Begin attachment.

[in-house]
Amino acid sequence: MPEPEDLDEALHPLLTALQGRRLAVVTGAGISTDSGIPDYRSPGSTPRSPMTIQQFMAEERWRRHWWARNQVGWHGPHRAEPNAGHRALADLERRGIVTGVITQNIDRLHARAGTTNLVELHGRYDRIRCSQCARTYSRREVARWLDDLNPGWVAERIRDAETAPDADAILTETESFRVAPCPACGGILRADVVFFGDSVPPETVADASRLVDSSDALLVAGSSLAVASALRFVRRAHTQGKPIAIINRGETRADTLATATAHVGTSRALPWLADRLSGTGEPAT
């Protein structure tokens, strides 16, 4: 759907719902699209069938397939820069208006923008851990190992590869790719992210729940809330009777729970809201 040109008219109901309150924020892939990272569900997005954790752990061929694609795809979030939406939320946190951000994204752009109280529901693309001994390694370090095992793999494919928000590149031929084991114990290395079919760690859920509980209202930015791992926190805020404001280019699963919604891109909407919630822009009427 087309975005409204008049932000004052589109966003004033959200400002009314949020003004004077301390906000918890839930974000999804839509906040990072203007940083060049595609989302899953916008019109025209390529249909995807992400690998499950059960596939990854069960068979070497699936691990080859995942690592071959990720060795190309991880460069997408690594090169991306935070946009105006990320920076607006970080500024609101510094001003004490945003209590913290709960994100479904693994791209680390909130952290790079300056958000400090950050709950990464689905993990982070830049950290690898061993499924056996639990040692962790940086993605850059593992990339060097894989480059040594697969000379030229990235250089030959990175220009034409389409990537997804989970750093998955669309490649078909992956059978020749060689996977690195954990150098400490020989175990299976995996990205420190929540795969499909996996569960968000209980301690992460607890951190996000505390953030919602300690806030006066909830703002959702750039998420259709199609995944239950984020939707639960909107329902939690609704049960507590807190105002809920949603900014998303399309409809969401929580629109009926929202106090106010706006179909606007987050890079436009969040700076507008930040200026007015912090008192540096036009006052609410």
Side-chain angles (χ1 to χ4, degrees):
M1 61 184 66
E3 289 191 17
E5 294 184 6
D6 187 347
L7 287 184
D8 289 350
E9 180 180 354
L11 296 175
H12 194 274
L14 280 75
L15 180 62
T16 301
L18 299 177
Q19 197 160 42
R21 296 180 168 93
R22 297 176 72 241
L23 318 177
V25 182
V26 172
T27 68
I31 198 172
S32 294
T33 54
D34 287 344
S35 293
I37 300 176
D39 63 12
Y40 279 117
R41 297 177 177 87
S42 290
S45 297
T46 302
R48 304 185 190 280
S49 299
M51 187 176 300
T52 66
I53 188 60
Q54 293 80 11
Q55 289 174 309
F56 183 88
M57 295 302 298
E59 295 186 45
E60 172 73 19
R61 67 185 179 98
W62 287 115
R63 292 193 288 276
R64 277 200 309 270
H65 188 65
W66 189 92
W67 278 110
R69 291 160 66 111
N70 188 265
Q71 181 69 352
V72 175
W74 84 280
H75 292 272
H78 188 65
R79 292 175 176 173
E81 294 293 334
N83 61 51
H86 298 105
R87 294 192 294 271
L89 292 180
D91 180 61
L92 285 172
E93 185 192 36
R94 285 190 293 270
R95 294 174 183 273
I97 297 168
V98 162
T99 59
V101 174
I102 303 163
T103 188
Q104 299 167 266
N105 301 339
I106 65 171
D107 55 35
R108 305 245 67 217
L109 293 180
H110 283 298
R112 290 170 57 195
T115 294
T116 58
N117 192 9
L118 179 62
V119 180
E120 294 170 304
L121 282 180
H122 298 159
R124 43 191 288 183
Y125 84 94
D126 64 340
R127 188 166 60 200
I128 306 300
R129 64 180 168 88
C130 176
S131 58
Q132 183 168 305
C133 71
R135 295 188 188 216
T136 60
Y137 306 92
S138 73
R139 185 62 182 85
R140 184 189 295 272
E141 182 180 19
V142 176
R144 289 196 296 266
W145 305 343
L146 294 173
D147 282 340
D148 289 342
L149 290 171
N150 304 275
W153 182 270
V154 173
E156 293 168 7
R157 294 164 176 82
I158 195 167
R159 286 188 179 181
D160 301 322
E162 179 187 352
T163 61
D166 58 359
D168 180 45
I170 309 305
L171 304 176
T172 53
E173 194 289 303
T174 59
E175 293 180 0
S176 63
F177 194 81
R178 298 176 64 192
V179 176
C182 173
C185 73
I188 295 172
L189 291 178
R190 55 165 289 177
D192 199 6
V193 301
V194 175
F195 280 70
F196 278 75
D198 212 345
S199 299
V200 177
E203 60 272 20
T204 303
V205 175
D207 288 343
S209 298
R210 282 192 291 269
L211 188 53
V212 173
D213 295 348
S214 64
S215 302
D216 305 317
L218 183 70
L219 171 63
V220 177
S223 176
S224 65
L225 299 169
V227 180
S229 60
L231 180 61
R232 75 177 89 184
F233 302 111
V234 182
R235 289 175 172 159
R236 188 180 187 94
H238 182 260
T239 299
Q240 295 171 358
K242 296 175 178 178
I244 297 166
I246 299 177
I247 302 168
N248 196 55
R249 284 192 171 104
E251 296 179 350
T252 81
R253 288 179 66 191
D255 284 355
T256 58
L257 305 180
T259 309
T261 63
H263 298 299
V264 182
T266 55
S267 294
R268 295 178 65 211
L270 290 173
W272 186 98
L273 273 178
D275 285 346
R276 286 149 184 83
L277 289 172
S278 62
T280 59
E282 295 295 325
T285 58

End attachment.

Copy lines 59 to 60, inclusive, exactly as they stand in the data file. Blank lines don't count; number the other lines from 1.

W74 84 280
H75 292 272